For out-of-copyright works, the reader can also usually download the whole book as a single PDF file. In the latest version (as of November 2012) this can be done by clicking on the drop-down menu at the top right and then clicking the "Download PDF" item. But no doubt it will be different in a few weeks' time.
As far as I understand, visitors from the U.S.A. should in theory be able view all books published in the U.S.A. before 1923 in their entirety, though in practice many such books are available only in restricted formats. In other countries, where copyright is determined by the length of time since the death of the author, Google is applying much more stringent criteria based on the date of publication. For example, for visitors in the U.K. only works published before 1865 are available.
To complicate matters further, Google also appears to be restricting access to books published outside the U.S.A. later than 1908.
Of course, the great majority of books published between 1865 and 1923 are legally out of copyright in the U.K. and most other countries. I have tried to clarify Google's policy on future access to these books, without success.
A practical solution to the problem is to use an anonymous proxy server, which makes it impossible for Google to determine which country the visitor is in - for example, Proxify (it is necessary to use the proxify.us address, not the proxify.co.uk one). The visitor simply copies and pastes the Google URL into a form on the website of the proxy server, and from then on can follow links normally, and even edit the Google URL to navigate to specific pages.
N.B. Owing to a browser compatibility problem, it is no longer possible to view Google Books through Proxify using Internet Explorer 7. Proxify also imposes a limit of 4 MB on the size of files that can be downloaded using its free service (the limit for paying subscribers is 50 MB). This means that it is not possible to download many of the PDF files containing whole books. Other free proxy servers may allow larger files to be downloaded. Alternatively, in many cases a copy of the PDF file can be downloaded from the Text Archive section of the Internet Archive, by first searching for the relevant volume and then following the "All Files: HTTP" link in the box labelled "View the book".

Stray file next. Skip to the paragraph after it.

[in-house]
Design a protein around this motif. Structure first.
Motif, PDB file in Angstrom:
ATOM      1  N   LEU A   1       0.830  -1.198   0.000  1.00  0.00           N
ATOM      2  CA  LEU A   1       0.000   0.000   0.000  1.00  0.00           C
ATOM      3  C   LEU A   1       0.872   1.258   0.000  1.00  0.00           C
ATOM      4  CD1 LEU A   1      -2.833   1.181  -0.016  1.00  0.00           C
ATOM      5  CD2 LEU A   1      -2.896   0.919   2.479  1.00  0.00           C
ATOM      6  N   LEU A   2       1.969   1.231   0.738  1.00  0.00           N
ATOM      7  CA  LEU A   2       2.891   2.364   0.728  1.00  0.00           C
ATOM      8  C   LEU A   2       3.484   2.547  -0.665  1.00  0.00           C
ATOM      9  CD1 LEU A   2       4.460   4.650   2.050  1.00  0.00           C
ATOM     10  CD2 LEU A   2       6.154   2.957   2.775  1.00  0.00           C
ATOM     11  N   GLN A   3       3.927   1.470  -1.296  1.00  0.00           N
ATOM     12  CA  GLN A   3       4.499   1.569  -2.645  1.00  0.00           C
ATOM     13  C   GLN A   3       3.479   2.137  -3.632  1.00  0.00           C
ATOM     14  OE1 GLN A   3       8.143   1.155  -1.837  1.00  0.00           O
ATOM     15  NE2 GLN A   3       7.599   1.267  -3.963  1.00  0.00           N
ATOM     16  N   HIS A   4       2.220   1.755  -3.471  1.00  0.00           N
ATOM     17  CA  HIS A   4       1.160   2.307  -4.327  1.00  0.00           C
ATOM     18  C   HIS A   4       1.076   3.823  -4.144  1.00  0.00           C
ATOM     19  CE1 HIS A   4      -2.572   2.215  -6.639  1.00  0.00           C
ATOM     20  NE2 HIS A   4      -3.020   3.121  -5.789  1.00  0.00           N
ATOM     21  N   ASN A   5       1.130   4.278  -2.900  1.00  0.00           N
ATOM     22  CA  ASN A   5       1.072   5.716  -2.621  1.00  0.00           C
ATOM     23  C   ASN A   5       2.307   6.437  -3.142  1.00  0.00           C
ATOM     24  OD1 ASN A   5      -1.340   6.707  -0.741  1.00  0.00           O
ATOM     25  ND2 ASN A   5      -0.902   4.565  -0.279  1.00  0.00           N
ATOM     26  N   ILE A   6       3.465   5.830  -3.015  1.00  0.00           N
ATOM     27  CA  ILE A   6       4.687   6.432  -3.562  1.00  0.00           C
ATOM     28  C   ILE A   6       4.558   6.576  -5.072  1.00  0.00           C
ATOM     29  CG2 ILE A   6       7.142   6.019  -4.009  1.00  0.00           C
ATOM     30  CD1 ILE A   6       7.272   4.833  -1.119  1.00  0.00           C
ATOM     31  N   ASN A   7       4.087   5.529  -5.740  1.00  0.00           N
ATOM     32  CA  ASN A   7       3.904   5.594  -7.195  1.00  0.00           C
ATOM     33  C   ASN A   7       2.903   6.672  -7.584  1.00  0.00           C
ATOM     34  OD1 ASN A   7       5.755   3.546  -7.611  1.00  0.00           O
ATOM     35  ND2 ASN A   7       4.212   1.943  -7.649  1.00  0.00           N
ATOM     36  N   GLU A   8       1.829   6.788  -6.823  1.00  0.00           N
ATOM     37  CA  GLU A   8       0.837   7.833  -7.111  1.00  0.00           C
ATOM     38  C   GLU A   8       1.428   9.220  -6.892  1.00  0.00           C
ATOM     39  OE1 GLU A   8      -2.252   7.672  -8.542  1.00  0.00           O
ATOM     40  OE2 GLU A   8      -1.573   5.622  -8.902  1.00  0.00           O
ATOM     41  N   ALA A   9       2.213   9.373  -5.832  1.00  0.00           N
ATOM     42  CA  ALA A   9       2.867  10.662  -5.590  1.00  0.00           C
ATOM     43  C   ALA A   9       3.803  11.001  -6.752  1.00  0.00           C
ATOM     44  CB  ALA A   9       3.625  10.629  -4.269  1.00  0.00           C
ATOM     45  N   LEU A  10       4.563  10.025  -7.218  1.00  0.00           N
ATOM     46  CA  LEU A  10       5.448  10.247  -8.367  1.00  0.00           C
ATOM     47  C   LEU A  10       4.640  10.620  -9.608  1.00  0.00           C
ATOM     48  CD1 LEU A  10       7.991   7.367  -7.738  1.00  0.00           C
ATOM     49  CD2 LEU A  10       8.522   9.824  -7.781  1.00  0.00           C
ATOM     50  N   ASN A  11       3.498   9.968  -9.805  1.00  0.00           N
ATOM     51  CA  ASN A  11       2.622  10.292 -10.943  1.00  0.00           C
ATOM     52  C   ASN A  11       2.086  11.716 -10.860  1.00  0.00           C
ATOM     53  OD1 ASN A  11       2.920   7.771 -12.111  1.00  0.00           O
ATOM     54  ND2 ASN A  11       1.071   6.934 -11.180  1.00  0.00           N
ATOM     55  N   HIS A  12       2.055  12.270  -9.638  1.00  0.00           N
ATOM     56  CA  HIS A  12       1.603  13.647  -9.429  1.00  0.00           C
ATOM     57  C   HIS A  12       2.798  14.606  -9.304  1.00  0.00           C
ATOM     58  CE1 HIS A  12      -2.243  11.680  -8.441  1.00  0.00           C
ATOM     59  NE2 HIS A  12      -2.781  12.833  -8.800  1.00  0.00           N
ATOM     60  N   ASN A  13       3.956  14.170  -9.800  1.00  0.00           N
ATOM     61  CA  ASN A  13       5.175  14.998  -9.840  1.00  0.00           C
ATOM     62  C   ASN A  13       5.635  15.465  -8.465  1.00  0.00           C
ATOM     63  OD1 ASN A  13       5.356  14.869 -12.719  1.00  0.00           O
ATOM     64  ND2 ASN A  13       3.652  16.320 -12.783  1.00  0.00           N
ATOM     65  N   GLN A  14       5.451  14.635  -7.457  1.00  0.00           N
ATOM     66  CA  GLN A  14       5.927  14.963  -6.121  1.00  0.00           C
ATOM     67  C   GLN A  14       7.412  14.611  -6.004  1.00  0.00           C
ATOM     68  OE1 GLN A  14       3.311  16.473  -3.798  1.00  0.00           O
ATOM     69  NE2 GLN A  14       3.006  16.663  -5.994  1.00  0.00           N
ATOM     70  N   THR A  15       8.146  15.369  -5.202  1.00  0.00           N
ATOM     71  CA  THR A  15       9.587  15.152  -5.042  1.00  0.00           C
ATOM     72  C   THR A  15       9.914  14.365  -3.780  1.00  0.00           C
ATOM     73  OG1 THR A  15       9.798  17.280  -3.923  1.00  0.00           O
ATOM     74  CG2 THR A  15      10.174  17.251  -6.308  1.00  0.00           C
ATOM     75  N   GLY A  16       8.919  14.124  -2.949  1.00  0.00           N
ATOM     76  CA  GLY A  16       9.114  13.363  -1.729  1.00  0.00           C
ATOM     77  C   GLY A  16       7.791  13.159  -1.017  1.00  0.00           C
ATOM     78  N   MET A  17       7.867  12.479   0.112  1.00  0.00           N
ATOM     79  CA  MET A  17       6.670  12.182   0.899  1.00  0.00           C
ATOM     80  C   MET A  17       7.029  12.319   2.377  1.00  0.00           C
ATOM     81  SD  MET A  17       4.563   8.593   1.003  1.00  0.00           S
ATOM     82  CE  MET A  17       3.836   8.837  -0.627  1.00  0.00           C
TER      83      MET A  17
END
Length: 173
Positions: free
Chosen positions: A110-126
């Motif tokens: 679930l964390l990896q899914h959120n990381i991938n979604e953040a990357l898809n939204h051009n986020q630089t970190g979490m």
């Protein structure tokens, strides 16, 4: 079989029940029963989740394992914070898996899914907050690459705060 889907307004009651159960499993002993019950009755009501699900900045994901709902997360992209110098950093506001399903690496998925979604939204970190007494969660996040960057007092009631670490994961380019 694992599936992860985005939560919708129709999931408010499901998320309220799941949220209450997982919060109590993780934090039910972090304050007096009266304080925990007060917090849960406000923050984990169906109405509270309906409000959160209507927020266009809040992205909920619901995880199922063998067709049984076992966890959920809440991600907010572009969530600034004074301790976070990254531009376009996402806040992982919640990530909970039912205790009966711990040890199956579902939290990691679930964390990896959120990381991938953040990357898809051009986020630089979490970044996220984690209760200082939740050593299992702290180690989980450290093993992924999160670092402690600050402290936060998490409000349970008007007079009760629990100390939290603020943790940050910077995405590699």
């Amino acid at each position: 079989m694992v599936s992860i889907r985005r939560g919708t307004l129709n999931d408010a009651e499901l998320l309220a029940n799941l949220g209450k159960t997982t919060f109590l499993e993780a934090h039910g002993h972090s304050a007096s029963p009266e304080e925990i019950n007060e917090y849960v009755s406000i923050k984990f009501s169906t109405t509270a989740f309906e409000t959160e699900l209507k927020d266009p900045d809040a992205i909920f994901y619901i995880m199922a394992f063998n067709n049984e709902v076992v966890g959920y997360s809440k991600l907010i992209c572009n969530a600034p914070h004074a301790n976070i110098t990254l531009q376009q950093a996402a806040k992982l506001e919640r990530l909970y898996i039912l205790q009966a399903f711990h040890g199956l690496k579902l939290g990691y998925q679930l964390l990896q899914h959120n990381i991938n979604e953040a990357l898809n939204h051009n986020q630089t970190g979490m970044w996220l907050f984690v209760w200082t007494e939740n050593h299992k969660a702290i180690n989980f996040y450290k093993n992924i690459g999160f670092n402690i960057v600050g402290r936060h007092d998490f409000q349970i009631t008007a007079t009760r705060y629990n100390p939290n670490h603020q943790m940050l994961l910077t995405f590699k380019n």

I shall try to keep track of relevant material on Google Books, and to add links on this site. Owing to the sheer volume of material, it will be impossible to spot everything, and I shall be very grateful for any suggestions of books that I've missed - please email me at email@example.com.
(As well as strictly medieval material, I hope to include other books directly relevant to U.K. genealogy, such as parish registers, indexes of wills, local history and so on.)